Although it doesn't get a lot of attention in the blogosphere, the Associated Press is, quite arguably, the most important news outlet in the world with its content appearing in tens of thousands of newspapers and websites around the world. Judging from a gushing speech by AP president Dean Singleton, the wire service is making no bones about being firmly in the camp of President Obama.
Dean was obsequious in his praise for Obama, telling an audience for the AP's annual luncheon that the president had "pushed through Congress the biggest economic recovery plan in history and led a government reorganization of two of the Big Three American auto manufacturers to save them from oblivion."
Never mind that the "recovery plan" has produced the worst post-recession economic growth in history and that GM and Chrysler could easily have been reconstituted had normal bankruptcy procedures been followed, that was far from the only fulsome praise that Singleton had for Obama. As Washington Times columnist Charles Hurt noted, the former newspaper magnate was beside himself, acting like a "newshound in heat."
But for the assembled "news" hounds — the most vaunted gathering of news executives from around the country — it was all very serious swooning. They were like a bunch of dogs in heat.
Dean Singleton, chairman of the AP board, introduced Mr. Obama. No, actually, it was more like he proposed to him. Sang him an icky love song in which he reminisced about all their hot dates and then pledged his undying love forever.
The only way you know that the White House didn't actually write the introduction as they often do when the president speaks is simply that Mr. Singleton's Valentine essay was so over-the-top fawning that even they were probably embarrassed — if that is possible.
He began by sweetly recalling their first encounter, when Mr. Obama was just a junior senator and invited to the august luncheon to share "his vision for America." Mr. Singleton recalled their first lover's quarrel over mispronouncing Mr. Obama's name and "his genteel way" of correcting him.
"Today," he continued, "There is no mistaking his name and even I can't mess up: It is Mr. President!"
Marilyn Monroe never uttered the word so lustily.
In addition to gushing over Obama's policy agenda, Singleton was quick to defend the president using typical liberal boilerplate saying how he "inherited the headwinds of the worst economic recession since the Great Depression" and in such difficult straits, "who would want this job in the first place?" He also threw in an obligatory line about how American politics is "polarized," not bothering to mention that Obama's perpetually petty and vicious attacks on those who disagree have certainly been the source of much such divisiveness.
Video of Singleton's speech is below:
The full transcript of Singleton's remarks follows, as transcribed by the MRC's Scott Whitlock:
DEAN SINGLETON: Two years later, in 2008, as a presidential candidate, he spoke again to the AP luncheon. In a Q&A after his speech, I asked him a question from the audience related to how he might deal with Obama bin Laden, if elected. In his always genteel way, he asked, might you be referring to Osama bin Laden? It was a slip of the tongue heard around the world. Thanks to the delights of our digital age, and YouTube in particular, I won't soon escape that embarrassing moment, even four years later. But we do have the answer to the question.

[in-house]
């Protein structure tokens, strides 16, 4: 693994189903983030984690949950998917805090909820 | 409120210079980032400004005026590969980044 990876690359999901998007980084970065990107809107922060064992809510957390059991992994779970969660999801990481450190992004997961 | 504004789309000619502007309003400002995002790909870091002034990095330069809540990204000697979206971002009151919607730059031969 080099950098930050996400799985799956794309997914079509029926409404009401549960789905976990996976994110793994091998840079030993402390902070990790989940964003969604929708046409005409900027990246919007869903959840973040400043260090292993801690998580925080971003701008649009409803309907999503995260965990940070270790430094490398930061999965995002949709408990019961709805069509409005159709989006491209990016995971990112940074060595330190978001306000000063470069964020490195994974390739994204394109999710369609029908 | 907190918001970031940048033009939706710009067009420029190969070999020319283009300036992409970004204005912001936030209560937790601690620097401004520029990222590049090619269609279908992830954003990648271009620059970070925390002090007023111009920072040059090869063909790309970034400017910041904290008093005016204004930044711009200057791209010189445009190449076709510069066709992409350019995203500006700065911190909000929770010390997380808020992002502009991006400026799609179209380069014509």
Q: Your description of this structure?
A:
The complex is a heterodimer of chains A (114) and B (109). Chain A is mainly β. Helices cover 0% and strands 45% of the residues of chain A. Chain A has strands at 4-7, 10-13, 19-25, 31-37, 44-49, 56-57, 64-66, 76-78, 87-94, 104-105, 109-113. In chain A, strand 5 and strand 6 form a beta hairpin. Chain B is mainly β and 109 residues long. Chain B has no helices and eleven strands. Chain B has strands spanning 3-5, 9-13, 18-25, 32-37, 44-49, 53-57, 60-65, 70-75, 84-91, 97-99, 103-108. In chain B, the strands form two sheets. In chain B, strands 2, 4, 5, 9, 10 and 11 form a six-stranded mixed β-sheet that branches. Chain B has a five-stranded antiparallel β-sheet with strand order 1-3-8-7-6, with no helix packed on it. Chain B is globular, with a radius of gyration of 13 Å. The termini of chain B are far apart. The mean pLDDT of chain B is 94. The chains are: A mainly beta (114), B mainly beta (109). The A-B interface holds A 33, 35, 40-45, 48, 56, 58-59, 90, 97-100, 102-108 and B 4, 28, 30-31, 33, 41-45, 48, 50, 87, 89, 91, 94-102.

Today [pauses for laughter], there is no mistaking his name and even I can't mess it up. It's Mr. President. President Obama made history as the first minority to be elected President. Even many who opposed his election felt proud of our country as he took the oath of office. As President, he inherited the headwinds of the worst economic recession since the Great Depression. He pushed through Congress the biggest economic recovery plan in history and led a government reorganization of two of the big three auto manufacturers to save them from oblivion. He pursued domestic and foreign policy agendas that were controversial to many, highlighted by his signature into law of the most comprehensive health care legislation in history.
And the budget plans proposed by the President, on the one hand, and Republicans on the other hand, aren't even on the same planet. Many Democrats believe that his agenda doesn't go far enough and most Republicans believe it goes way too far. While we thought the 2008 White House race was rough and tumble, the 2012 race makes it look like bumper cars by comparison. Our country has become more polarized. The one percent and the 99 percent are at each others' throats. Campaigns are now funded by secretive, multi-million dollar super PACs. What's next? Giga-PACs? The only thing anyone seems willing to compromise on is– well, I can't think of anything.
Really, who would want this job in the first place? We're very honored today to have the man currently holding the office and aspiring for it for another term. And, with apologies to Al Green, my new favorite singer. Ladies and gentlemen, the President of the United States of America.